The “Scanner Law” is something all consumers should be aware of. My law practice is based in Michigan and therefore, I write about the Michigan Scanner Law. A very frugal friend of mine mentioned to me that he rarely makes a trip to a certain retail and grocery supercenter without the scanner incorrectly scanning one of his items. Michigan Compiled Law (MCL) 445.311 et. seq., popularly called the Scanner Law or Shopping Reform Act, applies to the purchase of consumer items which are taken through an automatic checkout system, and for which a receipt is given. If the item does not scan correctly, the consumer gets the difference between the price displayed and the price charged, multiplied by 10. The minimum is $1.00 and the maximum is $5.00.
Once you tell the store that you have been overcharged, they have 2 days to give you these statutory damages. If they do, you can’t take them to court. If they don’t give you your statutory damages, you can and recover actual damages or $250.00 whichever is greater, and up to $300.00 in attorney fees.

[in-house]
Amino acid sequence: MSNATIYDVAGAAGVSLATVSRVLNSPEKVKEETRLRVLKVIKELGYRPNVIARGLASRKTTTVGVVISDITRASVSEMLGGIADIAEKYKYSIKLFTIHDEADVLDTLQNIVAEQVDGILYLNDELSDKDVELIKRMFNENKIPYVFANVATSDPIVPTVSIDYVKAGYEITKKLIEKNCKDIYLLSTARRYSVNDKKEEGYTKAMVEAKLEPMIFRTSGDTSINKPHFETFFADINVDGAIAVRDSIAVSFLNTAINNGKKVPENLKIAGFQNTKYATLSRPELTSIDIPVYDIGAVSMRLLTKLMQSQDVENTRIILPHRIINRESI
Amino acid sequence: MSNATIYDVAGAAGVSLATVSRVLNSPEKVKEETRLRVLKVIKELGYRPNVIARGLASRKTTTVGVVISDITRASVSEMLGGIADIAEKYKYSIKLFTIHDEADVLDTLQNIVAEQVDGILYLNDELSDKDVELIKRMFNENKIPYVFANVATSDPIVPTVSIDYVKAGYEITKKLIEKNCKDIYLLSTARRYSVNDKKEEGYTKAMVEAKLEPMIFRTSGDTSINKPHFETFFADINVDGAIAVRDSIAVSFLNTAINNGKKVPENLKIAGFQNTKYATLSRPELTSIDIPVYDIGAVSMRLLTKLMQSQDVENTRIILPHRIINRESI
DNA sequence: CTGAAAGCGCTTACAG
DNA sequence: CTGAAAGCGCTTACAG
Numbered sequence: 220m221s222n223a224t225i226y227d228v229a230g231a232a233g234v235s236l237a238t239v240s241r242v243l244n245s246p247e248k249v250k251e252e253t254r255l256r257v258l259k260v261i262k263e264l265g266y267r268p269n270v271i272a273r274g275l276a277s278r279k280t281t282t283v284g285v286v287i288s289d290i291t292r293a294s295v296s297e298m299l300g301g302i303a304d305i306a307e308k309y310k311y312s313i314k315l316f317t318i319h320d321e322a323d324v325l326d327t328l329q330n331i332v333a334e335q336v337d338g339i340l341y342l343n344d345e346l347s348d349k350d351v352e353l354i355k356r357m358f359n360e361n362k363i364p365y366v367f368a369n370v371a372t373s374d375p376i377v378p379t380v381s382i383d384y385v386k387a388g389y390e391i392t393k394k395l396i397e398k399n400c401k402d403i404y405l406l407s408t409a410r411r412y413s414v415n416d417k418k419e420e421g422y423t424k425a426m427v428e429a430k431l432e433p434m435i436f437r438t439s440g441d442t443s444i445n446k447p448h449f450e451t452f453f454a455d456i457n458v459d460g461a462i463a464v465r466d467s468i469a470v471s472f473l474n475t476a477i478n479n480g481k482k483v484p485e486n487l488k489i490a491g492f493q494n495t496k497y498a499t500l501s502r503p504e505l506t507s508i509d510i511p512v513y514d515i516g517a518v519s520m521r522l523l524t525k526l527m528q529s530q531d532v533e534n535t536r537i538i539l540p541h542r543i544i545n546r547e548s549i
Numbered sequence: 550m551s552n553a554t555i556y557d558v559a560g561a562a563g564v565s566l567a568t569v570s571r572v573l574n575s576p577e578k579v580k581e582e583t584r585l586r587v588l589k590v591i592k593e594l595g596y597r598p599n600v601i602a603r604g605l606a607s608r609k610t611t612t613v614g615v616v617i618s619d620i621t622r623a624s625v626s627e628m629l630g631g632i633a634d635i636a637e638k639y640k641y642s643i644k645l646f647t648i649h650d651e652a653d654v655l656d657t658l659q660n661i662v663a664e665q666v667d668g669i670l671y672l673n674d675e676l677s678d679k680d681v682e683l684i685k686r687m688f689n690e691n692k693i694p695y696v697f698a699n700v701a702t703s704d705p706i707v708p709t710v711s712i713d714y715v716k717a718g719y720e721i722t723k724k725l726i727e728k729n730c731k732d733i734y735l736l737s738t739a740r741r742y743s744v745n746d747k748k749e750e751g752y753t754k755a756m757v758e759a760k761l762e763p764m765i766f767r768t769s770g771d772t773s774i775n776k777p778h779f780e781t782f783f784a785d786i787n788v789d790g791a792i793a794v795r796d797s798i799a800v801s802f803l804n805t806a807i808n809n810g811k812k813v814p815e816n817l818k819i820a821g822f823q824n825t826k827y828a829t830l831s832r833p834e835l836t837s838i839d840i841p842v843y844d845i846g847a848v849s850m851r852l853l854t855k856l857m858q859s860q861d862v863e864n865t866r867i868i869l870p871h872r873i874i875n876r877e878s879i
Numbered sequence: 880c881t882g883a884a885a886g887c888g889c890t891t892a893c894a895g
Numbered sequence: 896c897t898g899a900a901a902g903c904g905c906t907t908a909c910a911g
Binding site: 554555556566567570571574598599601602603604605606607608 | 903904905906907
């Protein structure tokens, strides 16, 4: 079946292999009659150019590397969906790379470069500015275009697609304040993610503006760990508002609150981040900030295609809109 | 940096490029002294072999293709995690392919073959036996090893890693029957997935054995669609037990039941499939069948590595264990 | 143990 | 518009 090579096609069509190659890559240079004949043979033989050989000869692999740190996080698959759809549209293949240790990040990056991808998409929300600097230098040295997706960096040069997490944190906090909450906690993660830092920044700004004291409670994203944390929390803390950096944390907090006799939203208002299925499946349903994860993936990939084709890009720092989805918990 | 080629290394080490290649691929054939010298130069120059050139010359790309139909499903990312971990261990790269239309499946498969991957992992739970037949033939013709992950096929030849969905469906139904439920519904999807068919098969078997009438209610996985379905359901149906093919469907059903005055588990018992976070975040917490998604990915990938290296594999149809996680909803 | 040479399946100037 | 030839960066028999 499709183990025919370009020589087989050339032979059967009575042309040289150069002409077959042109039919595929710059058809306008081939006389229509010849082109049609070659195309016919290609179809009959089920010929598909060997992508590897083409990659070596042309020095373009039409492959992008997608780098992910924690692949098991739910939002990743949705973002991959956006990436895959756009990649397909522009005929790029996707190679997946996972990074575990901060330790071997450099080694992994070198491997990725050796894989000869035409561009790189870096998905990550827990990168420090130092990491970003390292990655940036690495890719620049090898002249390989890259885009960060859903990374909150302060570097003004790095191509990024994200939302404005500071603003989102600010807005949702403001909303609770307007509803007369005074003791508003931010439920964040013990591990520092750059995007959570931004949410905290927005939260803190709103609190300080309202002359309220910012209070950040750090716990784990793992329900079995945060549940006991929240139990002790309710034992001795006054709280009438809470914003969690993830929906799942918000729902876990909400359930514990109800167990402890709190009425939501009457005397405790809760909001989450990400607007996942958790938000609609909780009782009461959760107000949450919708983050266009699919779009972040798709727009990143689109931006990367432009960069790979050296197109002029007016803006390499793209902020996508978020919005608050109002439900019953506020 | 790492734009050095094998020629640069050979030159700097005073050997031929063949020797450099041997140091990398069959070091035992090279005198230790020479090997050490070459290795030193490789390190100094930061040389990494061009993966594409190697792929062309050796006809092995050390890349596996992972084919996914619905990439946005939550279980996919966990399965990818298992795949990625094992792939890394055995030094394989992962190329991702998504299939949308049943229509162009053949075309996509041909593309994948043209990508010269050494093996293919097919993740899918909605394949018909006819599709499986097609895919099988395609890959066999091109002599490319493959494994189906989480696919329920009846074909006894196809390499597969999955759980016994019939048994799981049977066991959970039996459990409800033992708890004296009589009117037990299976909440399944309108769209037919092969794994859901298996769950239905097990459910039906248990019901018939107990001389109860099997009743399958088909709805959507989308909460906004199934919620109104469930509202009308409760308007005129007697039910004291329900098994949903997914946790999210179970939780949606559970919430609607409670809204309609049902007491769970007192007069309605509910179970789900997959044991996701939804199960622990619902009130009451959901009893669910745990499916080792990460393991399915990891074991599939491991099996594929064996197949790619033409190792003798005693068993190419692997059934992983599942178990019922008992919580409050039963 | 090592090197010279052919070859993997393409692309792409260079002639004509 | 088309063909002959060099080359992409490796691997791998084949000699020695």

You should not feel awkward in any way about invoking your Scanner Law rights. Stores are well aware of this law and should respect that you don’t want to pay more than you agreed to and you rely on them to advertise their goods in a way that will not cheat their customers. Furthermore, it is an inconvenience to you to have to scrutinize your receipt and go back to deal with an incorrectly marked item.
If you are not in Michigan, search your legislative website with keywords: pricing advertising consumer items, (or something to that effect). Or, write to me and I’ll see what I can find for you.
- For a further discussion of Michigan’s Scanner Law, and a list of exemptions, please read Michigan Scanner Law Update
- New York’s relevant law: NY State Weights and Measures, 1 NYCRR Part 345; NY State Weights and Measures, Article 17
- Contact Walsh Law PLLC to discuss the matter with Scanner Law attorney, Renee C. Walsh.